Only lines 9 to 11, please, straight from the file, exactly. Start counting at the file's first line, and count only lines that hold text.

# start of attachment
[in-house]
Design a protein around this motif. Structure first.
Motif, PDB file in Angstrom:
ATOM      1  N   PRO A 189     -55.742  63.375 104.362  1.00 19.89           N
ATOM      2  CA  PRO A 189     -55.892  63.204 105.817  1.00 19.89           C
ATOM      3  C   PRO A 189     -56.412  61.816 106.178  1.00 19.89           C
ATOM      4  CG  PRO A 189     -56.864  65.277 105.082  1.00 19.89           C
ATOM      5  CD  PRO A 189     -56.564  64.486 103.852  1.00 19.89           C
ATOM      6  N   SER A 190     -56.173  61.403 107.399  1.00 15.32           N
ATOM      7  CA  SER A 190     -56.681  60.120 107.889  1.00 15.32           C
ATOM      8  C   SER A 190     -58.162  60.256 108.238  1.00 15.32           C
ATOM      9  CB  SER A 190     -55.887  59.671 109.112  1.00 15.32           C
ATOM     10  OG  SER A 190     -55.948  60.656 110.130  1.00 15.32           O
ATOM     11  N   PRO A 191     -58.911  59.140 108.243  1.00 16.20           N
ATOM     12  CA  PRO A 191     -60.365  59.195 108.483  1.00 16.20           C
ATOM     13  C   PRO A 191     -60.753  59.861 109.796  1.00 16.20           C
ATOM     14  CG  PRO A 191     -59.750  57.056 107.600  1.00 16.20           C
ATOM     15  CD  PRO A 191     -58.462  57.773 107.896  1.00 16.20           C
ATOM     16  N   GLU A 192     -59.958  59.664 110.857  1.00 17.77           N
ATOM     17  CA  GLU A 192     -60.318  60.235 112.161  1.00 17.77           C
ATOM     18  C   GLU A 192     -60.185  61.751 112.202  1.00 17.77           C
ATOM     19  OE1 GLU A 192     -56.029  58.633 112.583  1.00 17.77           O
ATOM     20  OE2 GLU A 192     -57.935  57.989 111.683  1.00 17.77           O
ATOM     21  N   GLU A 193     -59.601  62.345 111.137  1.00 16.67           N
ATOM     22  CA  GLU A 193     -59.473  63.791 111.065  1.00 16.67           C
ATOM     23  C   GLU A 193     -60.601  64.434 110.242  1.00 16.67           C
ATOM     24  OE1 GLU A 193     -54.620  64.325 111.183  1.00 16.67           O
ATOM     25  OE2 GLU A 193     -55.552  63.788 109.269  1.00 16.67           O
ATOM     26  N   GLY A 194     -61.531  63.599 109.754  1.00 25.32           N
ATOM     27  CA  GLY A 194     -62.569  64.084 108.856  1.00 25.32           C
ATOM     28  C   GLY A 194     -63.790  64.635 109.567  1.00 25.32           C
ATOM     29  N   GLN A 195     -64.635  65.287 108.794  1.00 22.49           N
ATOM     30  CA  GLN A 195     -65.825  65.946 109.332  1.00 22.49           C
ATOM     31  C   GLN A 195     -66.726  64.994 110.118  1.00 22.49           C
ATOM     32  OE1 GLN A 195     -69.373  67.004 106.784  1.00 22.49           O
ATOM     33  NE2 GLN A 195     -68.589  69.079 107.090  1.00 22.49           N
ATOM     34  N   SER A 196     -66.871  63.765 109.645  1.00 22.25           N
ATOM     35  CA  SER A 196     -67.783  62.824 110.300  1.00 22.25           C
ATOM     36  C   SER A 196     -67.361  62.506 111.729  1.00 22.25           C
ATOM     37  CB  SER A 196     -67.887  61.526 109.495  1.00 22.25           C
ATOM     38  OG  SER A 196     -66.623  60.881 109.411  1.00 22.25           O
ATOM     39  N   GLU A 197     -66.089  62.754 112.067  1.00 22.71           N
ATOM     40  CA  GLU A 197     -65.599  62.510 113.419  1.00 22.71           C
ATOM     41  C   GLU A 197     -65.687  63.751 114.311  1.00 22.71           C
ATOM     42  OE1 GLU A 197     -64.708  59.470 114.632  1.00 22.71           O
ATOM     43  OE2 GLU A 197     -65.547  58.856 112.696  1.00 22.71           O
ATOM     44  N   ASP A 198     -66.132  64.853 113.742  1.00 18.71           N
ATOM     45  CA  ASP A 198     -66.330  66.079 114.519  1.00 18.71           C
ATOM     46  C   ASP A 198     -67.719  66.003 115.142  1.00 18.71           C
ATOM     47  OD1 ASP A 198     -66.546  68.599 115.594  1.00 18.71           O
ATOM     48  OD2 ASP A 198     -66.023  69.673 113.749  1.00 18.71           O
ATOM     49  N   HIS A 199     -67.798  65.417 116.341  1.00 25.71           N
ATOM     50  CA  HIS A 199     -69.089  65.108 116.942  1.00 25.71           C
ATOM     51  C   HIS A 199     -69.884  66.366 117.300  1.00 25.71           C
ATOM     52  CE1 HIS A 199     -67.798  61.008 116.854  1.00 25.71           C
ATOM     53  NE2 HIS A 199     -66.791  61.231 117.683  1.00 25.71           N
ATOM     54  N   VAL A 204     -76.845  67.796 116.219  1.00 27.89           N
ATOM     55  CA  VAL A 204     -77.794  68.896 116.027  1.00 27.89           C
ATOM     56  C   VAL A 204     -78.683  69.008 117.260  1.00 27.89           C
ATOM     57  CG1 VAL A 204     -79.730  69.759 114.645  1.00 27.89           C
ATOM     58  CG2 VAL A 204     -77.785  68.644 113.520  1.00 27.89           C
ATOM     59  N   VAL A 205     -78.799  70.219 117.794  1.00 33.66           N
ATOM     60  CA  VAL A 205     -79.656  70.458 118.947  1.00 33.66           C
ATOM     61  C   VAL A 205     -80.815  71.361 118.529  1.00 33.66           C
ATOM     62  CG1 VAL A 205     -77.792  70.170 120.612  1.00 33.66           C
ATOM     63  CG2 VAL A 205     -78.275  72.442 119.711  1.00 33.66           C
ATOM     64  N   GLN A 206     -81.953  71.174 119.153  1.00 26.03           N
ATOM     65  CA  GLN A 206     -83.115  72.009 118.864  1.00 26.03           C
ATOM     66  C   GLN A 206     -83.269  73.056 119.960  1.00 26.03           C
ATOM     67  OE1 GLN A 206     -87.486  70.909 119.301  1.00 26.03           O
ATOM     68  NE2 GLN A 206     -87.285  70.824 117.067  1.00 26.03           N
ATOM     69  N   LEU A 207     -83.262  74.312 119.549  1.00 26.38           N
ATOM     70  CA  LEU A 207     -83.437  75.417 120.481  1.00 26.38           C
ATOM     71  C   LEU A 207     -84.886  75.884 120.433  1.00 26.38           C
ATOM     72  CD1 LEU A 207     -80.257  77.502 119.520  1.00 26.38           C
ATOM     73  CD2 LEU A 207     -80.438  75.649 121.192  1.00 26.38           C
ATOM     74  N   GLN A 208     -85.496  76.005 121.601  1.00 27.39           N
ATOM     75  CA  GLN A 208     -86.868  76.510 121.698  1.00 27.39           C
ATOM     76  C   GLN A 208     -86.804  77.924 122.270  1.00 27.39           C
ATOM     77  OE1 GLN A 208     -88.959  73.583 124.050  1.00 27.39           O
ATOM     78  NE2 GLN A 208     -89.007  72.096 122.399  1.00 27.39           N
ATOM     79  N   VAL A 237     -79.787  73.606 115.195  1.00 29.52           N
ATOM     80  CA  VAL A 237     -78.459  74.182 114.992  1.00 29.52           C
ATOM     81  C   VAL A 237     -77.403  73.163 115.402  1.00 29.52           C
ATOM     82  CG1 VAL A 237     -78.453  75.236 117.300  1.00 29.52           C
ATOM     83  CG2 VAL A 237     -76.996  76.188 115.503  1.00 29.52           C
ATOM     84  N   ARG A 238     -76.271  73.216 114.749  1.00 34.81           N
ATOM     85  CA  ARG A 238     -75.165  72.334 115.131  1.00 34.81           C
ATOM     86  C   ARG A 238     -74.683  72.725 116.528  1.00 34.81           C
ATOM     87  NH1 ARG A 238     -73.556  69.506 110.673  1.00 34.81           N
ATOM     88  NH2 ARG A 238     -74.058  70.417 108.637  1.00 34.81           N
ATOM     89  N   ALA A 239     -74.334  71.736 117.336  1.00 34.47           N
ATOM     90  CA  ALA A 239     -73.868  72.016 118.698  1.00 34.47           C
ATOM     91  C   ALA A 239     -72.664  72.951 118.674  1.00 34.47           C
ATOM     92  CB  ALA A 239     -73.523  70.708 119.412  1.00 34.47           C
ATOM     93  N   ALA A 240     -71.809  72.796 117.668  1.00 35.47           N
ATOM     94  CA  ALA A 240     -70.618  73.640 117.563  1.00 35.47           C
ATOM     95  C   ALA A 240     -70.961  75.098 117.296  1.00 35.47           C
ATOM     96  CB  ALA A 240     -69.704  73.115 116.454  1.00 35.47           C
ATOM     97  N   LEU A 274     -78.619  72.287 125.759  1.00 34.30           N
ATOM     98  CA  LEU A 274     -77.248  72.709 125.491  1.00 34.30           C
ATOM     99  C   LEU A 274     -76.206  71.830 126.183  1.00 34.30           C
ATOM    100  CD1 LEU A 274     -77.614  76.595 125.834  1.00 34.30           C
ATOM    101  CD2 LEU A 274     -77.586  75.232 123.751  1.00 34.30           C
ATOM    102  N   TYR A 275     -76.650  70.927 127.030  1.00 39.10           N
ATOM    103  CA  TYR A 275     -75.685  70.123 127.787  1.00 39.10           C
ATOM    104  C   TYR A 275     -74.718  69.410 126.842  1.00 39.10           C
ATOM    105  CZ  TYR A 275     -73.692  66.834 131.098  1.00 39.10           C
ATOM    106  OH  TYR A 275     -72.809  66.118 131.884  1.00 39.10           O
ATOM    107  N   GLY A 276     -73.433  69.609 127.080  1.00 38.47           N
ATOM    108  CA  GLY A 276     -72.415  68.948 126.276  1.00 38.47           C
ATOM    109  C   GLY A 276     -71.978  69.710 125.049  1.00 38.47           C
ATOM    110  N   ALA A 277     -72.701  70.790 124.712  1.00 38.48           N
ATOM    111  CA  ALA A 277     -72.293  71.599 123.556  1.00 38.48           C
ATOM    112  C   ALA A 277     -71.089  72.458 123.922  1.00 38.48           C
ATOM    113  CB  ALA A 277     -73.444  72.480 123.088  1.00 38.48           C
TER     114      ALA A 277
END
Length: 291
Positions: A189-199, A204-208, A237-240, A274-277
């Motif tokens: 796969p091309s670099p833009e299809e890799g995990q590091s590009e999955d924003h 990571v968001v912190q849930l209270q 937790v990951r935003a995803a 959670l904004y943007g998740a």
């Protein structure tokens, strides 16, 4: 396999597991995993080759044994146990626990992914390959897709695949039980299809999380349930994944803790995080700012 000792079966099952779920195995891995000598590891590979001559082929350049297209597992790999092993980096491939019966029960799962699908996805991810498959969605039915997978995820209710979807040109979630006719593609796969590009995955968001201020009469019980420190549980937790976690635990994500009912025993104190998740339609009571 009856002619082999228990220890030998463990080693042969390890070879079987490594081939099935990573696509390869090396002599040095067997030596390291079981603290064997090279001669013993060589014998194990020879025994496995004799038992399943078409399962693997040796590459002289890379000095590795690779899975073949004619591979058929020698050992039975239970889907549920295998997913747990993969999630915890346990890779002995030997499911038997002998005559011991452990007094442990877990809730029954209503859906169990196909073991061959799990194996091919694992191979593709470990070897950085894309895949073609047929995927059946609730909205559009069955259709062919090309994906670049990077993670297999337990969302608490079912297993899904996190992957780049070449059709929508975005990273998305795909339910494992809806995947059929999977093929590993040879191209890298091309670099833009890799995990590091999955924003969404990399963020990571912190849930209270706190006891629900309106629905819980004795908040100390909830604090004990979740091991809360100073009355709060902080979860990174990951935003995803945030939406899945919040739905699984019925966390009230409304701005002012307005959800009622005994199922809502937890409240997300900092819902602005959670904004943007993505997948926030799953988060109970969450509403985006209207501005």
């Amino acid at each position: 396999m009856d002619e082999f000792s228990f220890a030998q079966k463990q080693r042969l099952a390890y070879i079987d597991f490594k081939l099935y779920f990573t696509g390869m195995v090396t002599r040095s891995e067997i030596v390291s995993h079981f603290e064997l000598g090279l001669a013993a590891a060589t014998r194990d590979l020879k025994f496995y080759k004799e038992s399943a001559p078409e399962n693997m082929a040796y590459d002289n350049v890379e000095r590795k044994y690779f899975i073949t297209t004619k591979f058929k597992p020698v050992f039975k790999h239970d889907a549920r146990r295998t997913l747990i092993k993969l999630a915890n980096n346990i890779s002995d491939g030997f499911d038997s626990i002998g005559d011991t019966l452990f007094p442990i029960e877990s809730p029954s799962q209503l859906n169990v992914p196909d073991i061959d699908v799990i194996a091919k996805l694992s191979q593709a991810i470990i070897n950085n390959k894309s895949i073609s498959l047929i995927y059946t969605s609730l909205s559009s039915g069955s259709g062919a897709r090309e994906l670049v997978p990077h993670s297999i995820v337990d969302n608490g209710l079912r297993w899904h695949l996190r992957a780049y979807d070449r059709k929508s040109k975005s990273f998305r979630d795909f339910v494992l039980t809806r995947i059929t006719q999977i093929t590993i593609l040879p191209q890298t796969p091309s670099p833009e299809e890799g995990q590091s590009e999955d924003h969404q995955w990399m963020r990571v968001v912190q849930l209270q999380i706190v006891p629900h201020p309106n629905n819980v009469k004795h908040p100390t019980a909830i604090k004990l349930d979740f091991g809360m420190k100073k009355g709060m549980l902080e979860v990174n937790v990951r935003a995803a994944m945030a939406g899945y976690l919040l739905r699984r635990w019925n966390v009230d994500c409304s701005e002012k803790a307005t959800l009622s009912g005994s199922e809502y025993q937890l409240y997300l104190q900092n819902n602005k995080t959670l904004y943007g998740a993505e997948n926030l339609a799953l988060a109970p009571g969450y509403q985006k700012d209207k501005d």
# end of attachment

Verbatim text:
ATOM      6  N   SER A 190     -56.173  61.403 107.399  1.00 15.32           N
ATOM      7  CA  SER A 190     -56.681  60.120 107.889  1.00 15.32           C
ATOM      8  C   SER A 190     -58.162  60.256 108.238  1.00 15.32           C